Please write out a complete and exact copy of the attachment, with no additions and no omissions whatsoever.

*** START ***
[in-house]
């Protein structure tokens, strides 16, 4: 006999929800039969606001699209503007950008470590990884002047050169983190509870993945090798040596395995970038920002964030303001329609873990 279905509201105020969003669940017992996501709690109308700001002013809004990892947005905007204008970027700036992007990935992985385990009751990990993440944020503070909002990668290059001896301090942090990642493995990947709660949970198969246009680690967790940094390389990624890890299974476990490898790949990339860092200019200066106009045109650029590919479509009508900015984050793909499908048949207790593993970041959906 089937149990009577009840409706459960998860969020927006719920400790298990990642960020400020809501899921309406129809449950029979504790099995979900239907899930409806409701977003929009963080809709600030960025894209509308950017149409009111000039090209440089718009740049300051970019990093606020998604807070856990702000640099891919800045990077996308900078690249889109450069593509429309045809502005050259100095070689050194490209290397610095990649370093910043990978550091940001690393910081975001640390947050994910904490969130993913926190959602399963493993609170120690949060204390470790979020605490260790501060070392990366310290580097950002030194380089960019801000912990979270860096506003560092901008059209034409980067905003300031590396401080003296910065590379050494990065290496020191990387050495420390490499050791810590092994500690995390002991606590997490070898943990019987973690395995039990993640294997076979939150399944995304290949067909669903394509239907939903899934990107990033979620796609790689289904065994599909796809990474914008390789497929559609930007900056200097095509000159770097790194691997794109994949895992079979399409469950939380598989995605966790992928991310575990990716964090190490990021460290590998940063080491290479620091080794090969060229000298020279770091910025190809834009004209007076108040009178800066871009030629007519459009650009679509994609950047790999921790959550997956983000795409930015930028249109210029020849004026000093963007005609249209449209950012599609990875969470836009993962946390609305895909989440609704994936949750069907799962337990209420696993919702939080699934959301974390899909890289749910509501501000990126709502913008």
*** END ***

[in-house]
């Protein structure tokens, strides 16, 4: 006999929800039969606001699209503007950008470590990884002047050169983190509870993945090798040596395995970038920002964030303001329609873990 279905509201105020969003669940017992996501709690109308700001002013809004990892947005905007204008970027700036992007990935992985385990009751990990993440944020503070909002990668290059001896301090942090990642493995990947709660949970198969246009680690967790940094390389990624890890299974476990490898790949990339860092200019200066106009045109650029590919479509009508900015984050793909499908048949207790593993970041959906 089937149990009577009840409706459960998860969020927006719920400790298990990642960020400020809501899921309406129809449950029979504790099995979900239907899930409806409701977003929009963080809709600030960025894209509308950017149409009111000039090209440089718009740049300051970019990093606020998604807070856990702000640099891919800045990077996308900078690249889109450069593509429309045809502005050259100095070689050194490209290397610095990649370093910043990978550091940001690393910081975001640390947050994910904490969130993913926190959602399963493993609170120690949060204390470790979020605490260790501060070392990366310290580097950002030194380089960019801000912990979270860096506003560092901008059209034409980067905003300031590396401080003296910065590379050494990065290496020191990387050495420390490499050791810590092994500690995390002991606590997490070898943990019987973690395995039990993640294997076979939150399944995304290949067909669903394509239907939903899934990107990033979620796609790689289904065994599909796809990474914008390789497929559609930007900056200097095509000159770097790194691997794109994949895992079979399409469950939380598989995605966790992928991310575990990716964090190490990021460290590998940063080491290479620091080794090969060229000298020279770091910025190809834009004209007076108040009178800066871009030629007519459009650009679509994609950047790999921790959550997956983000795409930015930028249109210029020849004026000093963007005609249209449209950012599609990875969470836009993962946390609305895909989440609704994936949750069907799962337990209420696993919702939080699934959301974390899909890289749910509501501000990126709502913008």